|30s||Glamorous Single Women||93.3||78.1||44.0||821.262||68.1||58.0||50.1||69.2||Friend (48.2%)|
*2nd: Alone (36.8%)
|Baby Moms||87.1||57.0||24.4||364.625||68.6||61.6||54.8||77.2||Family (94.1%)|
|Five Age Groups||Eight Groups||Level of interest in culture and arts(Points)||Level of importance of culture and arts (Points)||Number of visits to culture and arts events(Total annual average)||Amount of money spent on culture and arts events(Total annual average)||Level of overall satisfaction in culture and arts events(Points)||Level of satisfaction in the culture and arts scene in Seoul(Points)|| Level of satisfaction in the culture and arts scene in their residential area(Points)||Level of satisfaction in quality of life(Points)||Accompanying person(s) when participating in culture and arts events (1st)|
|Culture Moms||84.7||57.1||20.8||337.693||69.5||63.0||56.5||74.4||Family (85.3%)|
|Blue Single Women||90.6||75.3||46.8||755.992||68.0||60.4||49.7||69.7||Friend (42.7%)|
*2nd: Alone (39.6%)
Culture Maniacs, in their 20s, have a high interest in culture and arts (93 points) and believe that culture and arts are important (77.1 points). However, they were least satisfied with the quality of their lives (70.1 points / total average 71.3 points), which led the survey to the conclusion that they consume culture as a means of escape for the anxiety and stress of their lives. Their level of satisfaction in their area of residence was 49.3 points (total average 51.4 points), marking the lowest among the groups. The level of satisfaction for culture and arts events in Seoul was also the highest in this age group with 63.1 points (total average 60.4 points), which showed that people in this age group roamed all over Seoul to culturally “hip” places, regardless of their residential area. On average, the Culture Maniacs saw a film and a play every month, went to an exhibition once every two months, and spent KRW 694,281 on cultural activities per year, which was the largest amount of money spent when compared to other groups. Generally, they were accompanied by friends when participating in these activities (53.9%), but many also enjoyed the cultural activities alone (35.5%).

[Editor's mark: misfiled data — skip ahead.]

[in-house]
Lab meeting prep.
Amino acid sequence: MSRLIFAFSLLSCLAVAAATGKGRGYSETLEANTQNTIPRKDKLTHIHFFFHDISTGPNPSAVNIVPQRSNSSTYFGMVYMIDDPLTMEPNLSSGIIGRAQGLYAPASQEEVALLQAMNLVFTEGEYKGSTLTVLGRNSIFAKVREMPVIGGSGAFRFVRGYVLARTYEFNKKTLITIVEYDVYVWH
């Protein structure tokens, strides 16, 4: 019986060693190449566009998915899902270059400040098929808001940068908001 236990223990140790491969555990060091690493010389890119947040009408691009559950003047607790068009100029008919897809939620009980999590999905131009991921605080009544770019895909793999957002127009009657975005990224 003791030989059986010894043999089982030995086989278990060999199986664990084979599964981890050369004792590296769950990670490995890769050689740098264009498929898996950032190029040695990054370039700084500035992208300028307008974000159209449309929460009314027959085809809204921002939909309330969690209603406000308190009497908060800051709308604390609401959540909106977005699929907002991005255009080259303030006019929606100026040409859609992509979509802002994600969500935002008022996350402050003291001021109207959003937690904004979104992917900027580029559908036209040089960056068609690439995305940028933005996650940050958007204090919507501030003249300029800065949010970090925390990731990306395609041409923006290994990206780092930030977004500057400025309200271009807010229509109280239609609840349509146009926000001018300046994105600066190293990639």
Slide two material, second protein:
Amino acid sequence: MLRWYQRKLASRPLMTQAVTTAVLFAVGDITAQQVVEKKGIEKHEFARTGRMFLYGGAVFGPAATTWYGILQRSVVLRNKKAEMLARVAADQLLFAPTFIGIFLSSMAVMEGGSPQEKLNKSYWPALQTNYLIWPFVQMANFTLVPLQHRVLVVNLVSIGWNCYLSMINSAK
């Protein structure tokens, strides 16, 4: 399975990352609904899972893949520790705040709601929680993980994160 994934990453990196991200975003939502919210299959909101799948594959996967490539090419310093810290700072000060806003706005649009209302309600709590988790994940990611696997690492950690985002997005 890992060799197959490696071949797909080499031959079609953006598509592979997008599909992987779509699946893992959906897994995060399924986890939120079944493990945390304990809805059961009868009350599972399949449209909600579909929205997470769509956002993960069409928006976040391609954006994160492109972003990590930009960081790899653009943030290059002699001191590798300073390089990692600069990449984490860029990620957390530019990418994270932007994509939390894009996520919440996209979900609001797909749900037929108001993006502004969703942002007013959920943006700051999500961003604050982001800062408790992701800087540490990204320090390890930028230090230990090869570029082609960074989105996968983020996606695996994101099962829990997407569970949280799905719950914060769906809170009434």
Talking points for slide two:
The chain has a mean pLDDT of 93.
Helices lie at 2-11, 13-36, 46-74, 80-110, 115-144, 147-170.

Glamorous Single Women, in their 30s, spent a total of KRW 821,262 per year (total average KRW 559,632) for cultural and arts events, which was the largest amount among the eight groups. Enjoying culture is one of their passions, and they do not hesitate to buy relatively expensive tickets for plays and exhibitions. They showed the highest level of interest (93.3points) and importance (78.1points) in culture and arts, and the number of visits to culture and arts events amounted to 44 on average per year, which was higher than that for people in their 20s (40.3 visits). Their levels of satisfaction in life (69.2 points) and in the culture and arts scene in Seoul (58.0 points) were the lowest among the eight groups.